It was the most extraordinary book signing in Edinburgh’s history, and it took place at the now defunct Waterstone’s store at the west end of Princes Street.
The man doing the signing was not even the author, yet thousands had queued earlier in the day at Waterstone’s Glasgow store just for the chance to meet him and have their books signed. One of them was a fresh-faced Rangers FC striker by the name of Ally McCoist.
Now in Edinburgh on the evening of Friday, 19 November, 1993, hundreds of people who had queued patiently for hours to await the arrival of their hero heard the buzz grow, spreading upwards through the crowd, as he was sighted on the street outside.
Then, as if in a dream, we watched Muhammad Ali walk in the door.
Walk is not the correct word. The man whose athleticism had made the Ali Shuffle legendary was now perambulating on legs that shook with the palsy of Parkinson’s Syndrome. His hands, too, shook quite violently, the fists that had defeated Sonny Liston, George Foreman, Joe Frazier and so many other great heavyweights now turned to mush by the impact of the disease that came from taking too many punches.
He had to be helped to walk through the store. He was clearly a suffering man.
Yet when we saw his face, you felt your world light up. Here in person was the three-time world heavyweight champion, The Greatest, the Louisville Lip, Ali. The most famous sportsman who had ever lived was right in front of us, and we were all his adoring fans, regardless of his condition.
With applause following his every step, as Ali reached the halfway point of the stairs, one of the staff of the bookshop motioned forward a grey-haired bespectacled man whose face was very familiar to those of us who love boxing. Ali, too, recognised him instantly, and promptly had an emotional reunion with Ken Buchanan, the finest professional boxer ever to come out of Scotland.
They had known each other at the peak of Buchanan’s considerable powers, and when the Scot, then the world lightweight champion, fought the unbeaten Donato Paduana in a non-title fight on 7 December, 1970, at Madison Square Garden in New York, it was Buchanan who topped the bill.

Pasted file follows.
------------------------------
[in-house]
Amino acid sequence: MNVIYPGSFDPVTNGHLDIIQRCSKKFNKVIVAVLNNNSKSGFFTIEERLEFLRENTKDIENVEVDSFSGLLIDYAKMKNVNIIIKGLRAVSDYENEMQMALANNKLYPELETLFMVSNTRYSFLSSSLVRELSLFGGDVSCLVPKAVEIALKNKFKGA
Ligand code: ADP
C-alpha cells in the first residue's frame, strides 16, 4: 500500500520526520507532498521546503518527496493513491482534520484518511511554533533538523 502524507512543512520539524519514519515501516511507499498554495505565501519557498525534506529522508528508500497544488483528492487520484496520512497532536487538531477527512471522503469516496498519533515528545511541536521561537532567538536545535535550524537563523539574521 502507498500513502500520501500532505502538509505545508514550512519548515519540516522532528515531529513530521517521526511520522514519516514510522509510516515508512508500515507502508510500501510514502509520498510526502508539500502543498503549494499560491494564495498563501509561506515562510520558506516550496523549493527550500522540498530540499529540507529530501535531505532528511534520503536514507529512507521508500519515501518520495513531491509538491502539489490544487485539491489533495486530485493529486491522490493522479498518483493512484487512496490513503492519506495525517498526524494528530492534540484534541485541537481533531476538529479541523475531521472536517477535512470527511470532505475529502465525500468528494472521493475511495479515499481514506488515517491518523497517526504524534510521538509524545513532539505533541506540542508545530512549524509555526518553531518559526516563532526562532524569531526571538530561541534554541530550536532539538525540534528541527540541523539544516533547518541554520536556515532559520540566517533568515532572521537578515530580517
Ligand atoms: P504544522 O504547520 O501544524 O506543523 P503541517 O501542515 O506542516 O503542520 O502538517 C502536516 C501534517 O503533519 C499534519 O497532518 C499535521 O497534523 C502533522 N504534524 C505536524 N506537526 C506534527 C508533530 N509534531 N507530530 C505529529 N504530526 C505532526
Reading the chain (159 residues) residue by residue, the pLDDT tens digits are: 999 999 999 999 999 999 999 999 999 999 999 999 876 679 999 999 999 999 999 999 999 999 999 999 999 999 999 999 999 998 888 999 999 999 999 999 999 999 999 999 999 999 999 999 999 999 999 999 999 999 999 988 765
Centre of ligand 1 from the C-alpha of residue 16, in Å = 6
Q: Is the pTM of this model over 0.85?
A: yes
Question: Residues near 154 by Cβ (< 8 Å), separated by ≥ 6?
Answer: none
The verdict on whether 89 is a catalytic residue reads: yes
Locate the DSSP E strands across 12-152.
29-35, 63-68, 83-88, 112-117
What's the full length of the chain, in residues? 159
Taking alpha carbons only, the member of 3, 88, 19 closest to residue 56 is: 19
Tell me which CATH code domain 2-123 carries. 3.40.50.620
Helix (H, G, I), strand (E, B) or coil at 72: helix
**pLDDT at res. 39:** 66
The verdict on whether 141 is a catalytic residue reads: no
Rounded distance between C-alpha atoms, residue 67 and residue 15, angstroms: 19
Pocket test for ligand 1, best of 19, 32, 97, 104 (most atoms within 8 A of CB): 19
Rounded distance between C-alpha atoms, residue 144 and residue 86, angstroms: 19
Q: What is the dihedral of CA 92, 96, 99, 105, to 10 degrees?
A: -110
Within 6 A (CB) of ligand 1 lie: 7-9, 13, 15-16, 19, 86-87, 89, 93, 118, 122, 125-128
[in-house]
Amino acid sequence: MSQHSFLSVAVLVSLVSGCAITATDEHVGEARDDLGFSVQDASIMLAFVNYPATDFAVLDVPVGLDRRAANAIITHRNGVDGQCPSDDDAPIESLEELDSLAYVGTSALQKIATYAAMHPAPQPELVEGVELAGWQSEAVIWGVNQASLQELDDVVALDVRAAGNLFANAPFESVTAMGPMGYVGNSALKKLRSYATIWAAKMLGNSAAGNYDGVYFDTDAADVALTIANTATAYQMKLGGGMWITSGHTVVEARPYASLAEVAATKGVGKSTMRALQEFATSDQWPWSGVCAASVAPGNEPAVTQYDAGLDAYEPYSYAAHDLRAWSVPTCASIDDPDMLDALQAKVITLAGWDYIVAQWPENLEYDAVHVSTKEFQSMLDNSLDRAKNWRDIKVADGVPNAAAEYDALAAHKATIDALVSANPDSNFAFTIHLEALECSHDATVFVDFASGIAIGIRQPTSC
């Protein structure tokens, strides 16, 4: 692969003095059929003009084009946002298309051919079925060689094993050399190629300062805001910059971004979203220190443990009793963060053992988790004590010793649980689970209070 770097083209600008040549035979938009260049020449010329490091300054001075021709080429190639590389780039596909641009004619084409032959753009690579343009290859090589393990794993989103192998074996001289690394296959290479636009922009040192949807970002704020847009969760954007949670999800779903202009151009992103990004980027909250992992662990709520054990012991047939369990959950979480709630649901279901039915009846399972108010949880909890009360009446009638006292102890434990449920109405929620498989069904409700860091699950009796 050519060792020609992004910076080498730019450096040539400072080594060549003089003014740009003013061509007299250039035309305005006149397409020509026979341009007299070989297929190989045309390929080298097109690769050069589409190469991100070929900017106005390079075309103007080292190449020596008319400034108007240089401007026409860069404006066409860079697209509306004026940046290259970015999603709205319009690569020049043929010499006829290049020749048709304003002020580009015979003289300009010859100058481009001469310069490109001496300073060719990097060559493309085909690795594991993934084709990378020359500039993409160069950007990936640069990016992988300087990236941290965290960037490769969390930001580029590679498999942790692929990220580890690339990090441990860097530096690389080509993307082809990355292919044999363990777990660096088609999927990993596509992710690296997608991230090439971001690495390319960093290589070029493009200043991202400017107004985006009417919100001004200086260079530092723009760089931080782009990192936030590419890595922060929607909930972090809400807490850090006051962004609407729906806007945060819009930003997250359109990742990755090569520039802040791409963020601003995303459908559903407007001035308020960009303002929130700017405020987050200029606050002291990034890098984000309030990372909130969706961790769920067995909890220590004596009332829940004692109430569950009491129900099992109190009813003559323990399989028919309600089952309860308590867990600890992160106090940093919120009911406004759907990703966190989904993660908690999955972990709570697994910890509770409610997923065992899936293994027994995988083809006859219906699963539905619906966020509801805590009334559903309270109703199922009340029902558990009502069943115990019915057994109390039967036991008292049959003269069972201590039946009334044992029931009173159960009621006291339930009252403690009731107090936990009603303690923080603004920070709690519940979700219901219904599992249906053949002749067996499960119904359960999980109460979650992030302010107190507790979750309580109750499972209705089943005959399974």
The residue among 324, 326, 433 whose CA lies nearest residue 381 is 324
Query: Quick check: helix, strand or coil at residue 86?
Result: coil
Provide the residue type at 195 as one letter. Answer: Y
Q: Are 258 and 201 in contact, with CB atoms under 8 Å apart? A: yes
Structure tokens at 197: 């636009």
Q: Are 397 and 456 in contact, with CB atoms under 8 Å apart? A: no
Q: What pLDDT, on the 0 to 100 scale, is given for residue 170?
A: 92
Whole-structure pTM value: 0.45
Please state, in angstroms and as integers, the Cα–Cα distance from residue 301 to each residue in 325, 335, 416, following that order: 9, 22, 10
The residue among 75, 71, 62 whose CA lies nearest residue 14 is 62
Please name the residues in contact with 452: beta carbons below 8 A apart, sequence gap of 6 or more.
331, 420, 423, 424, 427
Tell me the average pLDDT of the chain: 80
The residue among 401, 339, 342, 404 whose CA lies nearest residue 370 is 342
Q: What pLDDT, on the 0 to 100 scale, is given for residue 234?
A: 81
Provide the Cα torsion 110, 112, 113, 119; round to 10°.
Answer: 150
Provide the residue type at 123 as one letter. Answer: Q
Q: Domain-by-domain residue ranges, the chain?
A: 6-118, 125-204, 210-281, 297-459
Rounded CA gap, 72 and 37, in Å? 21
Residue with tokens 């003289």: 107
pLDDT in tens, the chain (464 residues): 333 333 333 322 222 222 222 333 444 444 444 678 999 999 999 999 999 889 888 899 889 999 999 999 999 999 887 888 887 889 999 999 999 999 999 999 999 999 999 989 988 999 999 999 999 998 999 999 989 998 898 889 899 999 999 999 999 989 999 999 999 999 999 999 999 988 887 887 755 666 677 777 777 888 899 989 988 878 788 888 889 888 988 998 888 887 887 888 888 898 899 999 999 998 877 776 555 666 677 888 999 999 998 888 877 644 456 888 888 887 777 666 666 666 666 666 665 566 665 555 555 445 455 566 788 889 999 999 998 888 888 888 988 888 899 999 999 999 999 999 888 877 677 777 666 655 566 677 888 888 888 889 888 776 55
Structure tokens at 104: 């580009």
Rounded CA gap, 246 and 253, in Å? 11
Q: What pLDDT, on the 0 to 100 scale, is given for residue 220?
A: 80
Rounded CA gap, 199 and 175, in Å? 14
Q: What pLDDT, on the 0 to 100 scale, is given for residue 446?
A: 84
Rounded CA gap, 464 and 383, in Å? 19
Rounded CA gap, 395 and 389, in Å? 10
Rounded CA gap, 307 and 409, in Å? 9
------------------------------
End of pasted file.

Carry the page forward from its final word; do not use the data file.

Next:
That night Ali, then on the comeback trail after his years out of the ring, stopped the brave Argentinean Oscar Bonavena in the 15th and final round. The two fighters that night acknowledged each other’s boxing skills. Now almost 23 years later, Buchanan somehow retained his composure as he and Ali briefly chatted, the latter calling Buchanan ‘Kenny’ in the softest of tones. Then Ali moved on into the room where he was to sign copies of ‘Muhammad Ali, A Thirty-Year Journey’ by Howard Bingham, the photographer who was Ali’s best friend – it is still the best book of Ali photographs in print.
As soon as Ali was out of sight, Buchanan’s eyes flooded with tears at the shock of seeing The Greatest’s condition up close and personal. “Poor…” was all that Buchanan could manage to say.
At the signing session, a p.r. woman attempted to get Mike Aitken of The Scotsman and myself to stand off to the side. No chance – the normally affable Aitken gave the woman short shrift and we gained price of place behind the signing desk.
When Ali was helped towards his chair, we were able to shake his hand and it was then I looked into his eyes and knew the real horror of his disease. For those dancing dark eyes were as bright and knowing as ever, and I knew instantly that his mind was clear and functioning inside a body that had once been the envy of the planet but was now his trembling prison.
The people began to come forward, and it was their faces which became the story. For each and every one of them was clearly dazzled to be in the presence of Ali, and as he had done throughout the book signing tour, Ali struggled to write his autograph while listening intently to catch the name of the dedicatee.
He posed for pictures – no smartphones then, no selfies – and his face remained set in a part-grimace, part-smile throughout the evening.
A couple of young teenagers who could not have been born when Ali fought the Rumble in the Jungle came forward with eyes like saucers.
As they walked away, one said to the other: “I dinna believe it, I’ve met Muhammad Ali.” That lad will be so much older now, maybe with kids of his own, and you can bet they have often been regaled with the tale of the day their dad met The Greatest.
One man in his thirties, well dressed as if he had come straight from an office in Charlotte Square, was unable to speak in Ali’s presence and after his book was signed he almost staggered away. I caught up with him and asked how he was feeling: “I didn’t know he was that bad. But he was The Man, you know?”
Outside it was a cold calm November evening, and as I drove home, my mind whirled with what I had seen. The car windscreen misted up, and I realised that was because of the salt tears in my own eyes.
For I had finally met the man I had idolised since boyhood, and having discovered for myself the hellishness of his situation, I knew with sickening certainty that even The Greatest, the most gigantic of heroes, had feet of clay.